Over the past week, 34 women have come forward saying Hollywood producer Harvey Weinstein sexually harassed or assaulted them, including powerful names like Gwyneth Paltrow, Angelina Jolie, and Ashley Judd. It’s a painful confirmation that even the most powerful women among us are still preyed upon by deplorable men, and that even those with the loudest, most commanding voices were rendered silent.
These startling revelations are coming out decades after the fact, and they serve as a clear reminder that however far we’ve come, women are still being silenced, fearing for their careers, their reputations, and their safety. Even more troubling, women often blame themselves when they experience sexual harassment.
“It must have been my fault. It must have been something I said. Was I flirting with him? I shouldn’t have told that story. I shouldn’t have gone to his hotel room,” wrote screenwriter and showrunner Liz Meriwether of the sexual harassment she endured at the hands of a powerful man in an essay for The Cut last week. “What can I do about it? Who do I tell? I don’t have enough money for a lawyer. I don’t want to suddenly become unemployable because of something he chose to do to me.” Her sentiments are all too common.
The outpouring of rage that’s unfurled on twitter, in the media, and throughout Hollywood has been significant. As we’ve been too many times before, we’re fed up. Fed up with not getting paid as much as male colleagues, with unwanted, aggressive sexual advances, with the subtle messages of “you’re not good enough” sent by everyone who’s looked the other way, allowing abuse to go unchallenged.
While these reminders of injustice are infuriated and destablizing, they’re also reminders for us to tap into the tremendous inner resources available to us. The healers and leaders in the wellness world know the power of inner strength and how to draw upon it in moments like these, and every day. Get in touch with your power and flex your confidence. The time to be heard is now and forever more.
Care for your body and breathe.
“To me, inner power is a combination of inner strength, confidence, peace, awareness, presence, truth. Building up your inner power means building up all of those things—move your body, feed it well, care for it, speak positively about it out loud and in your mind, breathe, open your eyes and your heart, and stay in the moment. And the key is doing all of these things all while being 100 percent true to you.” —Shauna Harrison, world-famous personal trainer and mbg class instructor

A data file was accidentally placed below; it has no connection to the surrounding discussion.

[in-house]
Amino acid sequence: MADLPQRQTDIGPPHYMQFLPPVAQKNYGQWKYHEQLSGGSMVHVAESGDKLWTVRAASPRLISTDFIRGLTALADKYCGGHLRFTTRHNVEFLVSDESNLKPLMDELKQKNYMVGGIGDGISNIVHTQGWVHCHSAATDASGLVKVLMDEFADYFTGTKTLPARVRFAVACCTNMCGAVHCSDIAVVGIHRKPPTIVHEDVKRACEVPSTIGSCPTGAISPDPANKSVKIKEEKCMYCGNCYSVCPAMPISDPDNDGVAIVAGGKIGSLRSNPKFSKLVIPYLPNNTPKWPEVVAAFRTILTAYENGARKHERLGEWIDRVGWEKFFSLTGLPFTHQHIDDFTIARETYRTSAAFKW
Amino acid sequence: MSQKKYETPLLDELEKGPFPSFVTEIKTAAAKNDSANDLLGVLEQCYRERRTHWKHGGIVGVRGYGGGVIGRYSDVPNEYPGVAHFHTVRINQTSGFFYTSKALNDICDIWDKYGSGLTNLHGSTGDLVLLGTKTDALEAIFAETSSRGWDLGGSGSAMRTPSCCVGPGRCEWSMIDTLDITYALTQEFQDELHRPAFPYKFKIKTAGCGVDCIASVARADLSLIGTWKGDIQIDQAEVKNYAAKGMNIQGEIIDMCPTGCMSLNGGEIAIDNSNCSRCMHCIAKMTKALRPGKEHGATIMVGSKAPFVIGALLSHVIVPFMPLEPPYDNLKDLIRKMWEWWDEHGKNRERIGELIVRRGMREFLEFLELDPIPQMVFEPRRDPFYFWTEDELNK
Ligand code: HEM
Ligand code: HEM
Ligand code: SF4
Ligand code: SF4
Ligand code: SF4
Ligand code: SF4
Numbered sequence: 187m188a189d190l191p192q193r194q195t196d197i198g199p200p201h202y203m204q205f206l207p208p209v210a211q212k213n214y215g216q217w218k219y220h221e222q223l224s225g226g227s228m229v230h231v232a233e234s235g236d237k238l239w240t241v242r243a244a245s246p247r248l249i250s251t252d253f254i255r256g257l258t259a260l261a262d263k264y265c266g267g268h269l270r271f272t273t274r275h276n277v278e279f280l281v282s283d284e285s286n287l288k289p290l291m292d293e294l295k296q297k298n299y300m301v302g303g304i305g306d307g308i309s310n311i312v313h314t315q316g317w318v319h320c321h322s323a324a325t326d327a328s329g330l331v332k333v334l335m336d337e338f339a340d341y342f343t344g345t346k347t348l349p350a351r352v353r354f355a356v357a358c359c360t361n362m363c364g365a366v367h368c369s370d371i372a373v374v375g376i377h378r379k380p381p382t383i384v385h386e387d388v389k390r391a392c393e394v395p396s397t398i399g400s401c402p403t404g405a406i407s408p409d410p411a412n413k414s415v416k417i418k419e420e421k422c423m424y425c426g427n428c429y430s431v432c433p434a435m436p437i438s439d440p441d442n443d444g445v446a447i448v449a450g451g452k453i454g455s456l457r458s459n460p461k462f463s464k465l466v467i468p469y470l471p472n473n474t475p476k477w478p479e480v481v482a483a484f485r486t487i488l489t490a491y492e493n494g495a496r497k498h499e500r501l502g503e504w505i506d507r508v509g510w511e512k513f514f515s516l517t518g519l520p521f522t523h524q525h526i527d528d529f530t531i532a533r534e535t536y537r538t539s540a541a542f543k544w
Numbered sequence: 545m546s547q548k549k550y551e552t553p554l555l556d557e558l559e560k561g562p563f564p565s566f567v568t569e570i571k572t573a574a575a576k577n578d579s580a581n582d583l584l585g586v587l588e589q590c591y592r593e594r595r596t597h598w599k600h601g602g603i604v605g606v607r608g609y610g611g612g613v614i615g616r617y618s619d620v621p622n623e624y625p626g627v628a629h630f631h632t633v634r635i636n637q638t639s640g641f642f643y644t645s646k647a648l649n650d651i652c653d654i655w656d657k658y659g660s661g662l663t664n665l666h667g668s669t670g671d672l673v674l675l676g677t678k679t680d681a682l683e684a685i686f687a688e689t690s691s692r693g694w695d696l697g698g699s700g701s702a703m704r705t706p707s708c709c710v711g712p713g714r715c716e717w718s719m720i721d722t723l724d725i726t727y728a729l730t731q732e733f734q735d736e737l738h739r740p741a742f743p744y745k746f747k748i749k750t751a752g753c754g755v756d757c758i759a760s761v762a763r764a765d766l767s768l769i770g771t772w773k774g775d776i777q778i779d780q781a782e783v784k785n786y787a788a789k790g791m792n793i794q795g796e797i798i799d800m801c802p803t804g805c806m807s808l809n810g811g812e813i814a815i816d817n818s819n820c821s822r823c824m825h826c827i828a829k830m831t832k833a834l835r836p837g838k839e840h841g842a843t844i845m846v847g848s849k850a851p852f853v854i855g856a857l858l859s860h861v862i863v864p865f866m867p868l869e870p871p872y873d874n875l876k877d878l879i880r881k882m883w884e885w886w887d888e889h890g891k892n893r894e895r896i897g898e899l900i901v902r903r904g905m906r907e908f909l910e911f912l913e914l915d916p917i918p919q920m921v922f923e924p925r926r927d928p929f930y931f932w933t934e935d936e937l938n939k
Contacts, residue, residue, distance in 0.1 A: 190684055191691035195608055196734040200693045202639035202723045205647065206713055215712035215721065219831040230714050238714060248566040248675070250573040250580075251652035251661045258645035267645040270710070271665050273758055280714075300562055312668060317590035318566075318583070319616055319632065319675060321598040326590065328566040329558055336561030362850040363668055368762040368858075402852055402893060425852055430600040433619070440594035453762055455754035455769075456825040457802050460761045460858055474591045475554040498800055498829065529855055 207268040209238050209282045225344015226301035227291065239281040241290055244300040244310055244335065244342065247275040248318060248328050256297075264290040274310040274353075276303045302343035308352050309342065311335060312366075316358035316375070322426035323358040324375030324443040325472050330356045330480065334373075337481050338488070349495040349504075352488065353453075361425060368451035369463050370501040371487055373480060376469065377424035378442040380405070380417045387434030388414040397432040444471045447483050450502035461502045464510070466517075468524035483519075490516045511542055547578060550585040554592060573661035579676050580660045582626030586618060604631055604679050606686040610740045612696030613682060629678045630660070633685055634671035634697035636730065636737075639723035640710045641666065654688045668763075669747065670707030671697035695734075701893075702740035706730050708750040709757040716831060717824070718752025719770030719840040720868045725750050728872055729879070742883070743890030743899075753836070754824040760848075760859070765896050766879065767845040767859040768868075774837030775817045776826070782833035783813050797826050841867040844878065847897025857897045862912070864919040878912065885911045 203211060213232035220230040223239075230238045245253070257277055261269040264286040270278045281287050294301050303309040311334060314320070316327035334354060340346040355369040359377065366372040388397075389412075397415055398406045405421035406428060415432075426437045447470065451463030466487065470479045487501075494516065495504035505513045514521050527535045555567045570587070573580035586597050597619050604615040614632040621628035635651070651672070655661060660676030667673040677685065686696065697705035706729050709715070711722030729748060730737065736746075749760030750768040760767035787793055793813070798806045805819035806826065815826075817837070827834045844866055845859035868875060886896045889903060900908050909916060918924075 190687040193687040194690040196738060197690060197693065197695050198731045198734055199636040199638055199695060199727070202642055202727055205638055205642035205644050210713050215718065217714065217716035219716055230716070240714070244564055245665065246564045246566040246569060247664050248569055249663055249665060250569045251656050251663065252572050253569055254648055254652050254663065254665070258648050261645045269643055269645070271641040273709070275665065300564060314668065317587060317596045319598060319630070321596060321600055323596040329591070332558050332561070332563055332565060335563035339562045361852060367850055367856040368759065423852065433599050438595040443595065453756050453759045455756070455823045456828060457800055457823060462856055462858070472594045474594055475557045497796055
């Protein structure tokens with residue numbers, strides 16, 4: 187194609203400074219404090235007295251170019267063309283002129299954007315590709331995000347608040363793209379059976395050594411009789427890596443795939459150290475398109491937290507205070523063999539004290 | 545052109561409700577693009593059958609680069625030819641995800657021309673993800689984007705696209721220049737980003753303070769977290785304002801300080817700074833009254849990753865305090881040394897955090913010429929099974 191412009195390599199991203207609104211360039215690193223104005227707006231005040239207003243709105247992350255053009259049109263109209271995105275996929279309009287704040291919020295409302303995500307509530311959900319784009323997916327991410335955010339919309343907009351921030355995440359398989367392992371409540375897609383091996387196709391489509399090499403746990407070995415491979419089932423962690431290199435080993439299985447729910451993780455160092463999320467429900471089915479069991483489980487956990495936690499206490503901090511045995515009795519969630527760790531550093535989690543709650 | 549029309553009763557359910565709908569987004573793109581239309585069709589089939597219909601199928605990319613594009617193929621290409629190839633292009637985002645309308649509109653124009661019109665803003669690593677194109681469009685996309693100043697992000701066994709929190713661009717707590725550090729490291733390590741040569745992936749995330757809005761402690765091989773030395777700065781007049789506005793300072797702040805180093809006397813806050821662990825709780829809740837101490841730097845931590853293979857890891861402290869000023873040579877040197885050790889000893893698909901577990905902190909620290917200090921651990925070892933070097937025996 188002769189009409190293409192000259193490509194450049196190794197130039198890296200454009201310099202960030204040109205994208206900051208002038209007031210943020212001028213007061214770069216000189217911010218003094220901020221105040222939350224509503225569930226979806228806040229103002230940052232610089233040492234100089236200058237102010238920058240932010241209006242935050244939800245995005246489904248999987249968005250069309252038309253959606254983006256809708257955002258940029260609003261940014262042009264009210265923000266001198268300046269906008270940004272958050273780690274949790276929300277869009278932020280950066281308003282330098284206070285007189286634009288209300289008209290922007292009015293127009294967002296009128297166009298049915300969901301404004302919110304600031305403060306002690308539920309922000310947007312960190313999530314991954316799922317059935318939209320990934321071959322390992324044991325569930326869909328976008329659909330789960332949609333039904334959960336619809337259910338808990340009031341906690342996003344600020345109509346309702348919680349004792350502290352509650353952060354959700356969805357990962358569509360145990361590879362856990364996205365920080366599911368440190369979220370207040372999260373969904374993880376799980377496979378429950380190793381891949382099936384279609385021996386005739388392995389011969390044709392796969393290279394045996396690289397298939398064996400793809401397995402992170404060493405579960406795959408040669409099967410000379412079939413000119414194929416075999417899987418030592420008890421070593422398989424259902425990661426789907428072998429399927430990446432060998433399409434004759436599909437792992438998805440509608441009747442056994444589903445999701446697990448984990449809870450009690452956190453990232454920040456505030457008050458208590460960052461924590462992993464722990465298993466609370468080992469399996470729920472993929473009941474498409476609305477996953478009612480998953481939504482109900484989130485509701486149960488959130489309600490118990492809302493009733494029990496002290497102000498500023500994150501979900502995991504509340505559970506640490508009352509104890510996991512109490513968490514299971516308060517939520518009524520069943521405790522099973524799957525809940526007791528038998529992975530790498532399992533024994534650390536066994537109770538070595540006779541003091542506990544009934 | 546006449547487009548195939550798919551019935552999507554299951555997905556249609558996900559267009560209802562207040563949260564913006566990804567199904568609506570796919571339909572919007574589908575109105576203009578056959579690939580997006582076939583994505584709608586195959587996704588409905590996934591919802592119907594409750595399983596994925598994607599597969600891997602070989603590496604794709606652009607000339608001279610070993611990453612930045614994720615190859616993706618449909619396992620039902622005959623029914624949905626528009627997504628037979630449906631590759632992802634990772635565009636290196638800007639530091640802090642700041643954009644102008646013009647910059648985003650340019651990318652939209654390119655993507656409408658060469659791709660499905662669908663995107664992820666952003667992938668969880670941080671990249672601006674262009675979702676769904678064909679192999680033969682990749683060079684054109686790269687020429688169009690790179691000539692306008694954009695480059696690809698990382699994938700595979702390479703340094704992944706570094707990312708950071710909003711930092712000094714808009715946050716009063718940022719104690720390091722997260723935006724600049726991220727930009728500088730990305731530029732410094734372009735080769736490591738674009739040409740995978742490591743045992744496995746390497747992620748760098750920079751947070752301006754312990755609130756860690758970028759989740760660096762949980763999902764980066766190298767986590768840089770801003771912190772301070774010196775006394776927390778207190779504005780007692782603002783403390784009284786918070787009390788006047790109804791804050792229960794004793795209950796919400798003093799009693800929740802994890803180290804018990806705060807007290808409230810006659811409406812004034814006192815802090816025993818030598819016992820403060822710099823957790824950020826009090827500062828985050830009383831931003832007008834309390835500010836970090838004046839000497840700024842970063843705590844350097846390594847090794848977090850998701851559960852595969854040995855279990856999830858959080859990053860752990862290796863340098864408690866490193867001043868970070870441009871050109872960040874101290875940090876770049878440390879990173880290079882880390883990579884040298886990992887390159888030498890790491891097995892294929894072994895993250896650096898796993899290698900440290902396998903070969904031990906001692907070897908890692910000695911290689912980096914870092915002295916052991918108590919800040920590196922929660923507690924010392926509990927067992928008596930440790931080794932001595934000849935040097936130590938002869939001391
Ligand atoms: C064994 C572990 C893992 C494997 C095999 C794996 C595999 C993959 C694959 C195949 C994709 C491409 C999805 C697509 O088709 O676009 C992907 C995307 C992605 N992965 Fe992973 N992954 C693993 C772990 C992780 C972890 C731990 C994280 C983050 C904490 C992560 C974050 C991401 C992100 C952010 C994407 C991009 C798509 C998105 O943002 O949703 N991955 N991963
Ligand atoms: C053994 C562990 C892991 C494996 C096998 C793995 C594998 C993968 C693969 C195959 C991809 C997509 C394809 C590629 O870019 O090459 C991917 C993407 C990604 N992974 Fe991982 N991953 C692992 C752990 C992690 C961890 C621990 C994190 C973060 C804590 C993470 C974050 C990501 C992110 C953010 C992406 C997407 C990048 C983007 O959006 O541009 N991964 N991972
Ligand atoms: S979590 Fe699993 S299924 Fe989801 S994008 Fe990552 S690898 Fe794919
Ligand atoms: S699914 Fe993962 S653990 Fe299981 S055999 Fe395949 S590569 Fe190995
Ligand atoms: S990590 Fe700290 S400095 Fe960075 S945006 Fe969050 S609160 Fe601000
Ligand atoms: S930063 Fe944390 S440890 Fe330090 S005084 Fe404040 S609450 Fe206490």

Know your strength.
“Believe in yourself and push forward. Be good at what you do and don’t back down. So many of us have innate, deep empathy and understanding. It makes us more compassionate and emotionally intelligent. That used to be looked at as a deficit, but it is absolutely a strength as it allows you to read a room, understand a situation, treat people with respect. Those are incredible skills that can help you break through any situation. So don’t forget you; don’t get lost in their rules. Create your own.” —Tal Rabinowitz, CEO and Founder of The DEN Meditation
Take a stand and watch your inner power grow.
“Over time, I’ve realized that as a woman, the power in holding a space of integrity and boundary for myself serves as a glass shield of protection. It’s very easy to put my own thoughts and beliefs aside, but I finally realized that every time I took a stand for myself or women around me, although very difficult, my inner power grew. As women, the more we source this power and cultivate our boundaries that support our inner truth, we take another step up. Step by step, while we focus on our power, we become stronger.” —Mona Dan, herbalist, acupuncturist, and owner of Vie Healing
“I think that ‘speaking up’ in your daily life about who you are and what you stand for—in both verbal and nonverbal ways—is the most important thing you can do to own your power in a world that wants you to do otherwise. It might feel awkward at first, but it’s essential. How in the world can we expect to stand up for ourselves (and others) in public if we’re afraid to do so in private? We must actively practice living a life that is authentic and loud in our day-to-day so that when the hard moments come around—and they always do—we are already in the habit of staying true to ourselves.” —Katie Horwitch, founder of WANT (Women Against Negative Self-Talk)
Whatever makes YOU feel empowered—do that.
“As a woman, I have watched myself fear my own voice, my thoughts, my opinions, and my needs over the years to make others feel satisfied, respected, seen, confident, and a myriad of other things. While doing so, I have completely shut down and shut out my own need to feel safe and watched myself give away my power.
“Wherever and whatever helps a woman feel empowered, safe, and strong inside her heart, body, and mind, I say do that. Whether it’s yoga or a form of movement to feel strong; meditation and mantras to feel empowered and safe to explore you and your needs; or being around other women and men who lift you up and remind you of your power, your worth, and your innate strength. I feel a great amount of emotion and respect for the ones who have shared their stories with us in recent days and can only hope it will allow all of us in society to begin new conversations, new alignment, and a platform for women to speak from their truth and power.” —Kelsey Patel, spiritual empowerment coach and mbg class instructor